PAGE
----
Of the 25,965 doses of vaccine given so far in the Bailiwick, 10,315 were the AstraZeneca vaccine.
Dr Brink said that while a small number of mild side-effects had been reported, none related to blood clots.
The statement follows the suspension of the jab in several countries, including France, Germany and Ireland, over reports of a very small number of patients suffering clots after getting the vaccine.
Dr Brink said Guernsey officials were keeping the situation under careful review and that the safety of islanders will always come first.
‘Based on the information we have, it is our recommendation that islanders should still come forward for vaccination when they are called,’ she said.
‘We know that people reading and listening to the news will be worried about having their vaccination if they have been allocated the AstraZeneca vaccine. Unfortunately, it is not possible for people to be able to choose which vaccine they are given. The doses are allocated according to our delivery schedules.
‘We will continue to monitor the information from the European Medicines Agency, the Medicines & Healthcare products Regulatory Agency and the Joint Committee for Vaccination and Immunisation and will provide updates on their investigations into the very small numbers of cases who developed blood clots.
‘Updates will be given as regularly as we are able.
‘In the meantime, the benefits of having the vaccine far outweigh any potential risks or side-effects and we would urge everyone who has been invited to have the vaccine so far to attend their appointments – or schedule their appointments as soon as possible.’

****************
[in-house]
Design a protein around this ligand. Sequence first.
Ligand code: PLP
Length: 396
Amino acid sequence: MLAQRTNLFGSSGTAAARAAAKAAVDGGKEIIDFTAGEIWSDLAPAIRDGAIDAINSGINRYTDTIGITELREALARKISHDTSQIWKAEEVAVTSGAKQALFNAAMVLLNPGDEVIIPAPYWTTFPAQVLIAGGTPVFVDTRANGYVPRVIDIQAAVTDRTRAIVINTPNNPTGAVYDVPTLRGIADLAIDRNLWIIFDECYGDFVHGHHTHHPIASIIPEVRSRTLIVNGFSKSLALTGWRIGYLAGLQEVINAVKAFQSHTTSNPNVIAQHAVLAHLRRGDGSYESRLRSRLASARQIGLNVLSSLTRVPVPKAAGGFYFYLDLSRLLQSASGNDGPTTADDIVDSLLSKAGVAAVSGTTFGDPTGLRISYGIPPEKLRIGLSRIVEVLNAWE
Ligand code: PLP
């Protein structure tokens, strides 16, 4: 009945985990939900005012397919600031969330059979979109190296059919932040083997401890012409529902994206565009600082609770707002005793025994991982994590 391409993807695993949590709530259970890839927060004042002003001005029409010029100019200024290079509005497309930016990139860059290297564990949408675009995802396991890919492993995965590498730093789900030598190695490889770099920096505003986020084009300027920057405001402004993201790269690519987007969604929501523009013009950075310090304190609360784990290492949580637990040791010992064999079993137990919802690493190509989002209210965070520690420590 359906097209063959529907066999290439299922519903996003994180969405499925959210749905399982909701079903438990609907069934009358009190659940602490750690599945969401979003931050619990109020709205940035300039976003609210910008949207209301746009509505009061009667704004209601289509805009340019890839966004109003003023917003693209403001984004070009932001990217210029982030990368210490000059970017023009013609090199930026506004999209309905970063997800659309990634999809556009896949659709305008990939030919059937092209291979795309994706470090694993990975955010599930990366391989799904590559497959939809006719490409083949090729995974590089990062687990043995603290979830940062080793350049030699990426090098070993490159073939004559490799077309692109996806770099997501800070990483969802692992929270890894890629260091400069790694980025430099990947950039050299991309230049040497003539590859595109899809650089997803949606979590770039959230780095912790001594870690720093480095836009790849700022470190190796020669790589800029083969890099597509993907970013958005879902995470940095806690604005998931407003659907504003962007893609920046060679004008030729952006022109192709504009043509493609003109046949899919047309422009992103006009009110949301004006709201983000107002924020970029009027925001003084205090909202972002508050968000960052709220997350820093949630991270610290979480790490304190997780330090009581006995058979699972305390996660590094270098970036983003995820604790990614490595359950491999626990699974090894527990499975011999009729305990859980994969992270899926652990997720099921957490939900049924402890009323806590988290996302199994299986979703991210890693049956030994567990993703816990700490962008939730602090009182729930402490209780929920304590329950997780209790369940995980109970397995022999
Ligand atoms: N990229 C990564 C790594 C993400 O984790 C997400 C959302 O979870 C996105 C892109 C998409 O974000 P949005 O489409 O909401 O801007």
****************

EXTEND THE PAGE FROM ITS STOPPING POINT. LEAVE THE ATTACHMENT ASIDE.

Guernsey medical director Dr Peter Rabey said there was no conclusive link between the vaccine and the blood clot cases.
‘We have seen the benefits of the vaccination programme in the second wave of infection in Guernsey where many of the most vulnerable islanders were protected against the severe consequences of infection,’ he said.
‘I would therefore also encourage islanders to come forward for vaccination.’
The Pharmacovigilance Risk Assessment Committee of the European Medicines Agency is considering cases of thromboembolic events related to AstraZeneca’s vaccine, but the organisation says the benefits of vaccination still outweigh any risks.
‘The number of thromboembolic events in vaccinated people is no higher than the number seen in the general population,’ the EMA said in a statement.
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